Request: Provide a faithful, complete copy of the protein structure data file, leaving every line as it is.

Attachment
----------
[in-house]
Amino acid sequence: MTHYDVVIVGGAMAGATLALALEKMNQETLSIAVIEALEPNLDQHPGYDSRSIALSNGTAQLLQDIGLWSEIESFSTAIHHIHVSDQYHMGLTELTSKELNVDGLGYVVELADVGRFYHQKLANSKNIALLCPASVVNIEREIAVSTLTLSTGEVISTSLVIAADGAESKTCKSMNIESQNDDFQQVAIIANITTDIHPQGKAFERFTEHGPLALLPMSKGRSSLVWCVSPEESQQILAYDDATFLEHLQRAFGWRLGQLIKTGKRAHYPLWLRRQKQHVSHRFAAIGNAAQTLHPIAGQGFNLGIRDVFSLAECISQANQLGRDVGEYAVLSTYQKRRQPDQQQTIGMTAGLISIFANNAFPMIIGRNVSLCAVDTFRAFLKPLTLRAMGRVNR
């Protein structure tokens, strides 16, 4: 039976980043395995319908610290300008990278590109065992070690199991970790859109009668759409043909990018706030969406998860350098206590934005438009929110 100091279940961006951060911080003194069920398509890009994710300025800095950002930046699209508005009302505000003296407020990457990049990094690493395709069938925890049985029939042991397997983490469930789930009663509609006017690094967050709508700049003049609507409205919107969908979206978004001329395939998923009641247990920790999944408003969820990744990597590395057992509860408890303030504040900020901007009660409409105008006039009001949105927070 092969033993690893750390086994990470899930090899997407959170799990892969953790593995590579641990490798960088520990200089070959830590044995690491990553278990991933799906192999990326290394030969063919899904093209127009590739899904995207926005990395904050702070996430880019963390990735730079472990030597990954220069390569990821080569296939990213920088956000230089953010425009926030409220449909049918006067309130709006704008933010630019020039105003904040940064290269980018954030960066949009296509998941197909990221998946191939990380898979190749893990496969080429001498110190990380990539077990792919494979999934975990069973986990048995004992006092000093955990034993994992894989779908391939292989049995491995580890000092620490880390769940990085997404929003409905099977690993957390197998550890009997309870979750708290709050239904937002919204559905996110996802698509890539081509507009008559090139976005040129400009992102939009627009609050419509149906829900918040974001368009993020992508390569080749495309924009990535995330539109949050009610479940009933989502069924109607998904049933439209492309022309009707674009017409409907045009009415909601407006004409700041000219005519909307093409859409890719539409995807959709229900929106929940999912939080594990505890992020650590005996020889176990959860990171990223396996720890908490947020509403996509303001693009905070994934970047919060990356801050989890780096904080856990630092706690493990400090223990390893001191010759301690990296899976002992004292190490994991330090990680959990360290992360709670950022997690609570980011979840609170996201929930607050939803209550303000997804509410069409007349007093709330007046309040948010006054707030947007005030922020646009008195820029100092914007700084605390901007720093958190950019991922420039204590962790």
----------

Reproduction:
[in-house]
Amino acid sequence: MTHYDVVIVGGAMAGATLALALEKMNQETLSIAVIEALEPNLDQHPGYDSRSIALSNGTAQLLQDIGLWSEIESFSTAIHHIHVSDQYHMGLTELTSKELNVDGLGYVVELADVGRFYHQKLANSKNIALLCPASVVNIEREIAVSTLTLSTGEVISTSLVIAADGAESKTCKSMNIESQNDDFQQVAIIANITTDIHPQGKAFERFTEHGPLALLPMSKGRSSLVWCVSPEESQQILAYDDATFLEHLQRAFGWRLGQLIKTGKRAHYPLWLRRQKQHVSHRFAAIGNAAQTLHPIAGQGFNLGIRDVFSLAECISQANQLGRDVGEYAVLSTYQKRRQPDQQQTIGMTAGLISIFANNAFPMIIGRNVSLCAVDTFRAFLKPLTLRAMGRVNR
């Protein structure tokens, strides 16, 4: 039976980043395995319908610290300008990278590109065992070690199991970790859109009668759409043909990018706030969406998860350098206590934005438009929110 100091279940961006951060911080003194069920398509890009994710300025800095950002930046699209508005009302505000003296407020990457990049990094690493395709069938925890049985029939042991397997983490469930789930009663509609006017690094967050709508700049003049609507409205919107969908979206978004001329395939998923009641247990920790999944408003969820990744990597590395057992509860408890303030504040900020901007009660409409105008006039009001949105927070 092969033993690893750390086994990470899930090899997407959170799990892969953790593995590579641990490798960088520990200089070959830590044995690491990553278990991933799906192999990326290394030969063919899904093209127009590739899904995207926005990395904050702070996430880019963390990735730079472990030597990954220069390569990821080569296939990213920088956000230089953010425009926030409220449909049918006067309130709006704008933010630019020039105003904040940064290269980018954030960066949009296509998941197909990221998946191939990380898979190749893990496969080429001498110190990380990539077990792919494979999934975990069973986990048995004992006092000093955990034993994992894989779908391939292989049995491995580890000092620490880390769940990085997404929003409905099977690993957390197998550890009997309870979750708290709050239904937002919204559905996110996802698509890539081509507009008559090139976005040129400009992102939009627009609050419509149906829900918040974001368009993020992508390569080749495309924009990535995330539109949050009610479940009933989502069924109607998904049933439209492309022309009707674009017409409907045009009415909601407006004409700041000219005519909307093409859409890719539409995807959709229900929106929940999912939080594990505890992020650590005996020889176990959860990171990223396996720890908490947020509403996509303001693009905070994934970047919060990356801050989890780096904080856990630092706690493990400090223990390893001191010759301690990296899976002992004292190490994991330090990680959990360290992360709670950022997690609570980011979840609170996201929930607050939803209550303000997804509410069409007349007093709330007046309040948010006054707030947007005030922020646009008195820029100092914007700084605390901007720093958190950019991922420039204590962790």